Community-Based Program Bears Fruit in Supporting BP Control
A multicomponent-tiered hypertension program known as “Check It, Change It” (CICI) may be associated with improving blood pressure (BP) control in a diverse community-based population, according to a study published Oct. 28 in Circulation: Cardiovascular Quality Outcomes.
To date, the most successful BP interventions have been pharmacist- or nurse-led home monitoring programs using web-based technology and automated provider alerts, and have generally been implemented in selected populations with full health care insurance and among technologically savvy individuals. Aiming to see whether a multifaceted BP control program that uses a web-based health portal, community health coaches, and physician assistant guidance could be broadened to improve hypertension control in a large community setting, Kevin Thomas, MD, FACC, Department of Medicine, Duke University, and his colleagues developed the CICI program, enrolling 1,756 patients with hypertension from eight clinics in North Carolina’s Durham County between Sept. 12, 2010 and Nov. 11, 2011.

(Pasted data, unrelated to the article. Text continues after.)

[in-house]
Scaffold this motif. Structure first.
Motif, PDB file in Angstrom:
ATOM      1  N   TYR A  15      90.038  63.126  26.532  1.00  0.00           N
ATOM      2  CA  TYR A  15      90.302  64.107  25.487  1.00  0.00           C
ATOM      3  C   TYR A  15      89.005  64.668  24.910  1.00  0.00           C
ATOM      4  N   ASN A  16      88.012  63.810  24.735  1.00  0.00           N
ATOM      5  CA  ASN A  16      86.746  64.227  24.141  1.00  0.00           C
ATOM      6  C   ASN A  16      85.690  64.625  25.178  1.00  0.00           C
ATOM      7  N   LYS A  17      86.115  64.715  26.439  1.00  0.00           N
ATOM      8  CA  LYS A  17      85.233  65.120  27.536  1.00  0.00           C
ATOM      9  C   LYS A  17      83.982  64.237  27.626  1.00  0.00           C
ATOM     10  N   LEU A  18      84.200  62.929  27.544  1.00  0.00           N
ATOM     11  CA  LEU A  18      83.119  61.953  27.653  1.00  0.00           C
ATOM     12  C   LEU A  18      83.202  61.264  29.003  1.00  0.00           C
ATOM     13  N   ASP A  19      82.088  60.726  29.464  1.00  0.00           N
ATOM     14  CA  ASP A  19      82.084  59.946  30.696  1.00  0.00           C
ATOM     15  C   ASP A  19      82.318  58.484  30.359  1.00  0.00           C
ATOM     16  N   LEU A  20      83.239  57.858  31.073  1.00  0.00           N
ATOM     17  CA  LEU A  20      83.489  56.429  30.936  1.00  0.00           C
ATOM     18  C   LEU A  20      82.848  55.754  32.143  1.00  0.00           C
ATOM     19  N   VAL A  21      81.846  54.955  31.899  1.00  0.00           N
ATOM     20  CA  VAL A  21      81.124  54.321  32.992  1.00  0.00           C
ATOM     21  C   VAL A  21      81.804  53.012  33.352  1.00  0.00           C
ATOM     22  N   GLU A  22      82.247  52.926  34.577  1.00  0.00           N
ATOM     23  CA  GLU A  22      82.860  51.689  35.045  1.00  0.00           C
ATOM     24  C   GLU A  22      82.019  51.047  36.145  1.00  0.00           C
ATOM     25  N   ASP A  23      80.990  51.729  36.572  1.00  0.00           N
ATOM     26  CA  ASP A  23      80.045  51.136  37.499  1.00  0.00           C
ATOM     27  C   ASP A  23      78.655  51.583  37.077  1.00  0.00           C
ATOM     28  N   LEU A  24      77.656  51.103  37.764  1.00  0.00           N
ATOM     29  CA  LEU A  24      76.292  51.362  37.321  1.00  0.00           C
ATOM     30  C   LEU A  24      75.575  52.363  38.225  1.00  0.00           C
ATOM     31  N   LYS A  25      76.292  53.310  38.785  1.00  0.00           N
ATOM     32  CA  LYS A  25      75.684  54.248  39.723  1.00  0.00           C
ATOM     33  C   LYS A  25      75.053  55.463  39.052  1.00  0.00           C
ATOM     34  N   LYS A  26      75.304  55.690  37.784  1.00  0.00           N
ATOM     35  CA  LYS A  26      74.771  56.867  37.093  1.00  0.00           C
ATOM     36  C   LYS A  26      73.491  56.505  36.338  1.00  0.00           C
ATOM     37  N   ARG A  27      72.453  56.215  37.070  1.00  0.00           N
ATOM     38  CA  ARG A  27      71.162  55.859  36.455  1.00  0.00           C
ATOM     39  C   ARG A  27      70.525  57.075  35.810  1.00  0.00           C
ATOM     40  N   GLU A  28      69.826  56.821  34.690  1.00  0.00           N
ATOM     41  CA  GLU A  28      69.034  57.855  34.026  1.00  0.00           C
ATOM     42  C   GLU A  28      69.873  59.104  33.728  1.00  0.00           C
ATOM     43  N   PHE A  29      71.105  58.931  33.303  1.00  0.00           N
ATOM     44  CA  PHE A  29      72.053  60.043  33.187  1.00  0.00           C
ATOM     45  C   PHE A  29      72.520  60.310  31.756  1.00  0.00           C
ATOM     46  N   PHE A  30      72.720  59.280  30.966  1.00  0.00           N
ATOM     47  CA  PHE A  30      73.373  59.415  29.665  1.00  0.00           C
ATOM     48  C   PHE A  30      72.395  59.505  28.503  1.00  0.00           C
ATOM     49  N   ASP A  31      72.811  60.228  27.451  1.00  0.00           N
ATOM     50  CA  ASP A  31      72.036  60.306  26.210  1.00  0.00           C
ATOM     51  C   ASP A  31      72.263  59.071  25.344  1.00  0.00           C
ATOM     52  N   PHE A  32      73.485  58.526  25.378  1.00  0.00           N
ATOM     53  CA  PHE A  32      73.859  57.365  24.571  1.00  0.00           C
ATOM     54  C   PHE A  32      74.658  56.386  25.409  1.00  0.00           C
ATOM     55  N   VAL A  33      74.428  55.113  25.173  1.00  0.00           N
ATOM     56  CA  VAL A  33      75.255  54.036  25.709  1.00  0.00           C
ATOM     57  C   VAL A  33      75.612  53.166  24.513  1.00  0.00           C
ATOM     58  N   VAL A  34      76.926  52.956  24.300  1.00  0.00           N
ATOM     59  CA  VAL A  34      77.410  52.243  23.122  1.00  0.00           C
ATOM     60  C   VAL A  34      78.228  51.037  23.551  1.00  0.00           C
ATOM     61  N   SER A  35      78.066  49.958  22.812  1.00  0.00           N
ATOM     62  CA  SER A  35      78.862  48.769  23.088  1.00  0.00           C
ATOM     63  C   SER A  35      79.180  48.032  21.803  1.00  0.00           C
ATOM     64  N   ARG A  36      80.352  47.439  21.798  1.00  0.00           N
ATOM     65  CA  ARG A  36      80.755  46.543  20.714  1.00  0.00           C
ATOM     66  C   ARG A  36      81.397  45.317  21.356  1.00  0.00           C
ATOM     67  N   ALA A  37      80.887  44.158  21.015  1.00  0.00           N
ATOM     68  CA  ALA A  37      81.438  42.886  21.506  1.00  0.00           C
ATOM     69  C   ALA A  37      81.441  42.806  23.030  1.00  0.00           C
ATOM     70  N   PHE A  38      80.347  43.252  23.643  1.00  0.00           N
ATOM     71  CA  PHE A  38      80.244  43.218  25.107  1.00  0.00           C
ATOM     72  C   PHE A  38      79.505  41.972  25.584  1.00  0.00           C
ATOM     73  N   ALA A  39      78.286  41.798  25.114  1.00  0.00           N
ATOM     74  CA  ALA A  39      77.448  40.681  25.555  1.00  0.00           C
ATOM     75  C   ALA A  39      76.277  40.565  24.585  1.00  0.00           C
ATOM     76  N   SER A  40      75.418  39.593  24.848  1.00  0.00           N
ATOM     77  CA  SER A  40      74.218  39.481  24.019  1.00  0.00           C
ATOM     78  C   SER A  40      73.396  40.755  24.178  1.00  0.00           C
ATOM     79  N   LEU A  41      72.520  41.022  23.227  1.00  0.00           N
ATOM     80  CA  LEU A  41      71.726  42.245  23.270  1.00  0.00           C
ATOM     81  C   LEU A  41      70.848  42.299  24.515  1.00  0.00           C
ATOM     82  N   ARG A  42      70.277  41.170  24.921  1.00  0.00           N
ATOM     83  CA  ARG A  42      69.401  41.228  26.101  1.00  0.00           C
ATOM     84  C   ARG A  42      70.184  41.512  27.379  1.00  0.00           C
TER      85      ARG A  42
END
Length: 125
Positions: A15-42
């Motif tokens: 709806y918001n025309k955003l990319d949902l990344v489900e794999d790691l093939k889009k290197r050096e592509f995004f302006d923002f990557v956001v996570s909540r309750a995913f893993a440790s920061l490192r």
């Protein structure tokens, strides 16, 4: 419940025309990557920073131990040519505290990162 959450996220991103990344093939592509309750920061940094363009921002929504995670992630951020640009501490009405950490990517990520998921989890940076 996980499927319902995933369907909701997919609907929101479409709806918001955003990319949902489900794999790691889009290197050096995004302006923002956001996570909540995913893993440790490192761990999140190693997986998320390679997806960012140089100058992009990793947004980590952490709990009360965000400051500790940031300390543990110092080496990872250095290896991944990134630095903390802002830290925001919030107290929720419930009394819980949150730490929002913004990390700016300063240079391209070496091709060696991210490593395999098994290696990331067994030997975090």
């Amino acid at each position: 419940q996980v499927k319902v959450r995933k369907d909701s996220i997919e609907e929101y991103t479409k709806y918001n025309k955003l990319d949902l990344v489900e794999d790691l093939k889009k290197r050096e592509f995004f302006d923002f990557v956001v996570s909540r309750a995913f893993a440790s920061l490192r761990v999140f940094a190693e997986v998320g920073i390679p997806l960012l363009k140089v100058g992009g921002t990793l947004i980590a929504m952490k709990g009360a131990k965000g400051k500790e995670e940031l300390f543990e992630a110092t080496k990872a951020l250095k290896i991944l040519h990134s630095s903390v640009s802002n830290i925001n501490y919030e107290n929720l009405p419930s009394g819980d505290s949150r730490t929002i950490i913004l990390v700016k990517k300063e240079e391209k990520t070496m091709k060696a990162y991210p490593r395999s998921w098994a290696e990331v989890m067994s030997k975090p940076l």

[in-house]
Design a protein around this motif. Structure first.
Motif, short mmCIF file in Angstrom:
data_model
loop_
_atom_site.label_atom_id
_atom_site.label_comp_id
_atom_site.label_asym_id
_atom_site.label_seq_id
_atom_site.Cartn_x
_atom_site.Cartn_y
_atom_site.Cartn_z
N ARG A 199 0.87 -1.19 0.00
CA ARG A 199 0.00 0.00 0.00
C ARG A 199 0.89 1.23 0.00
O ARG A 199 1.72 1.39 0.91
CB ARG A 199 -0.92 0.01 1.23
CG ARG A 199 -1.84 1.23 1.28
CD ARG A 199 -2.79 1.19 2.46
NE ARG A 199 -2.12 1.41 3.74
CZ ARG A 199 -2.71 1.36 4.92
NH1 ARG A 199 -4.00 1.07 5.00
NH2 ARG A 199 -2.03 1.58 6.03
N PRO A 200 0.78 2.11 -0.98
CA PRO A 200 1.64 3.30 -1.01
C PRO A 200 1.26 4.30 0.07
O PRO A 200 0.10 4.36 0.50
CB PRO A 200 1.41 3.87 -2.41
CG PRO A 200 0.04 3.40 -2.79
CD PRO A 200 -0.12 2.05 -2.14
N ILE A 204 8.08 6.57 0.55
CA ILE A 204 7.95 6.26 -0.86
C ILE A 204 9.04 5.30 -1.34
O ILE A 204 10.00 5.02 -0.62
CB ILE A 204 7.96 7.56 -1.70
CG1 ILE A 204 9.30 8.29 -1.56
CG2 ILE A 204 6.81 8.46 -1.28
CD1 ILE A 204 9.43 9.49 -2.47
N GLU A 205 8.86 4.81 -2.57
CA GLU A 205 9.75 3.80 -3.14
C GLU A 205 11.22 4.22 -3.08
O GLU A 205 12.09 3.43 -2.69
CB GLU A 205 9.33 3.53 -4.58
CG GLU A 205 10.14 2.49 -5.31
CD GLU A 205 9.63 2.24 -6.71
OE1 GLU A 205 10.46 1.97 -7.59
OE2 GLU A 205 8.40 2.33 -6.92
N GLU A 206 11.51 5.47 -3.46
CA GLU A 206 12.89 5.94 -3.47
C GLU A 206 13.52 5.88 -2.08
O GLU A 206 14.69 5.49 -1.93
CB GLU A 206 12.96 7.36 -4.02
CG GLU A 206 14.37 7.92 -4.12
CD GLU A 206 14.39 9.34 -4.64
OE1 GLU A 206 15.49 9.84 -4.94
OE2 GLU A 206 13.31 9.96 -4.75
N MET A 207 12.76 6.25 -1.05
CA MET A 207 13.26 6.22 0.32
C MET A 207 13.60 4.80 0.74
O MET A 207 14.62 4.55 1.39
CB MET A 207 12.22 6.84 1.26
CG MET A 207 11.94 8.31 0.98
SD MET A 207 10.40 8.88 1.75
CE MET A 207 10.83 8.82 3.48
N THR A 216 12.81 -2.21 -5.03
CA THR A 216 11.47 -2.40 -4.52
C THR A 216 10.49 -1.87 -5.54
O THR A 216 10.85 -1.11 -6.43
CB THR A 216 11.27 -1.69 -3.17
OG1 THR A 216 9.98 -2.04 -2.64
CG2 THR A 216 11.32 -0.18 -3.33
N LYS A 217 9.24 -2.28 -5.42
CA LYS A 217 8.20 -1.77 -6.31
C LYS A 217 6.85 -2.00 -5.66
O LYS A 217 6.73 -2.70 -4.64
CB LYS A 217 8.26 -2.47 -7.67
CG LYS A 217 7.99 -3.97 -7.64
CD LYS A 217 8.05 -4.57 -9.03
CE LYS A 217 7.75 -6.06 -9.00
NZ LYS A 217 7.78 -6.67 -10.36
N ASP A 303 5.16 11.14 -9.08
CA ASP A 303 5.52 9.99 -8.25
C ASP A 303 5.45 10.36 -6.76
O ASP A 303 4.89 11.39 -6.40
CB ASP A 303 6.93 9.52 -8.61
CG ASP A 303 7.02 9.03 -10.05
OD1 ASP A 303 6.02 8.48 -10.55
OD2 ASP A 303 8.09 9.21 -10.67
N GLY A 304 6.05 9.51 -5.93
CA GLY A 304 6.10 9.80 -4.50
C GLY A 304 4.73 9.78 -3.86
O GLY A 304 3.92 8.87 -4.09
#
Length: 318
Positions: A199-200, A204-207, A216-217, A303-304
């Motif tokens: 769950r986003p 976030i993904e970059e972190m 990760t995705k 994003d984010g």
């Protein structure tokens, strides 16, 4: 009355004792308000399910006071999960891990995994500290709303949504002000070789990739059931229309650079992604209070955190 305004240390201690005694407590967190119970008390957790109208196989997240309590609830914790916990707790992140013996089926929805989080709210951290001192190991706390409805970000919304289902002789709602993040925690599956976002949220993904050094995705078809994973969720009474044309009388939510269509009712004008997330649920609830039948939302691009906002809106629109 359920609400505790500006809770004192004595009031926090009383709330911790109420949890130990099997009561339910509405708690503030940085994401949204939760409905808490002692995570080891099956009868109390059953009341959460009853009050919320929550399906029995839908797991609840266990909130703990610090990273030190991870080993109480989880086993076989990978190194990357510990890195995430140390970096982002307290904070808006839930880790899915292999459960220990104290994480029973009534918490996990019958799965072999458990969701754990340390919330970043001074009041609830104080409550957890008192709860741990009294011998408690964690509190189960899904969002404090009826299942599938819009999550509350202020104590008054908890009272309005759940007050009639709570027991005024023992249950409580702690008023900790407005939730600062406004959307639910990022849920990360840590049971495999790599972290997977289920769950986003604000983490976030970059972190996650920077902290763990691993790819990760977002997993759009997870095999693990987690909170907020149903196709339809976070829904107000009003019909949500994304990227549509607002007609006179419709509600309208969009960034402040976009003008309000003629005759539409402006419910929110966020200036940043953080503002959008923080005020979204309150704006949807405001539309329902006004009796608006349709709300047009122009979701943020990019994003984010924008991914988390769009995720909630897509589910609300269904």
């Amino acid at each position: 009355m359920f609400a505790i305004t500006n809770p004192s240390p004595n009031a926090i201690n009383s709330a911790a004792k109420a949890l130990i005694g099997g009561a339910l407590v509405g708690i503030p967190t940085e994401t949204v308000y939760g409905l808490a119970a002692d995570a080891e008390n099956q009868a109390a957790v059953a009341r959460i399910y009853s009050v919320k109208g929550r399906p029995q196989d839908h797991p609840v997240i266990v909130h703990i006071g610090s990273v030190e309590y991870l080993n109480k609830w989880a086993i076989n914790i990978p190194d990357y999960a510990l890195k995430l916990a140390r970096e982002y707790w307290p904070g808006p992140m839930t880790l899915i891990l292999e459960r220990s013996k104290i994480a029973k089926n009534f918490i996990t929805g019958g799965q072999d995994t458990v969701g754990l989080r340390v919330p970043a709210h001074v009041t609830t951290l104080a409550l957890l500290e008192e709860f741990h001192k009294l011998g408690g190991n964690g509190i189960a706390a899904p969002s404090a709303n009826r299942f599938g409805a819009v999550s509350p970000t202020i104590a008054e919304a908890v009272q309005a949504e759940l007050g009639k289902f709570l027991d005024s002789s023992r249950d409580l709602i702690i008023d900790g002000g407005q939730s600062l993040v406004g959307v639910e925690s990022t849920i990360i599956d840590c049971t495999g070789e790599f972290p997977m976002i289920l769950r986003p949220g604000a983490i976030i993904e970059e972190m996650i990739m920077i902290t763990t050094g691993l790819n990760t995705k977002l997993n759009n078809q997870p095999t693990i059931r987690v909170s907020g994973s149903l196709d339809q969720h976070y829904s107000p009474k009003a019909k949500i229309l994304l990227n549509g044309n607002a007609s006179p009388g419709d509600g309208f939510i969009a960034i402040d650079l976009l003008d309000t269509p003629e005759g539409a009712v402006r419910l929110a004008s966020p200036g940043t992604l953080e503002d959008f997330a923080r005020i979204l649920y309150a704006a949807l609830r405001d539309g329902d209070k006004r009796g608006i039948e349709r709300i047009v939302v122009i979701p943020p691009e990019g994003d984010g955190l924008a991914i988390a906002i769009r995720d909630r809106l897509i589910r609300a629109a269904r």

Stratifying participants into three tiers according to their initial BP (tier 1 [BP <140/90 mm Hg] =51 percent of population, tier 2 [BP=140/90–159/99 mm Hg] =30 percent of total, and tier 3 [BP ≥159/99 mm Hg] =19 percent of total), after six months the mean overall systolic BP declined 4.7 mm Hg and rates of achieving target BP control (<140/90) increased overall from 51 percent at baseline to 63 percent. At six months, 69 percent had either reached their BP target or had reduced their baseline systolic BP by 10 mm Hg or more.
“CICI represents a unique partnership between a community, academic medical center and a patient-focused professional organization to collaborate successfully in creating and implementing a hypertension management program,” the authors note. “This community-based program successfully integrated health care providers, [a web-based health portal] and remote monitoring to engage, empower and assist a distinct group of community residents to achieve better hypertension control with the biggest impact on those with the most poorly controlled hypertension. We think multidisciplinary collaborations such as in CICI can serve as a potential model for community-based chronic disease management moving forward.”
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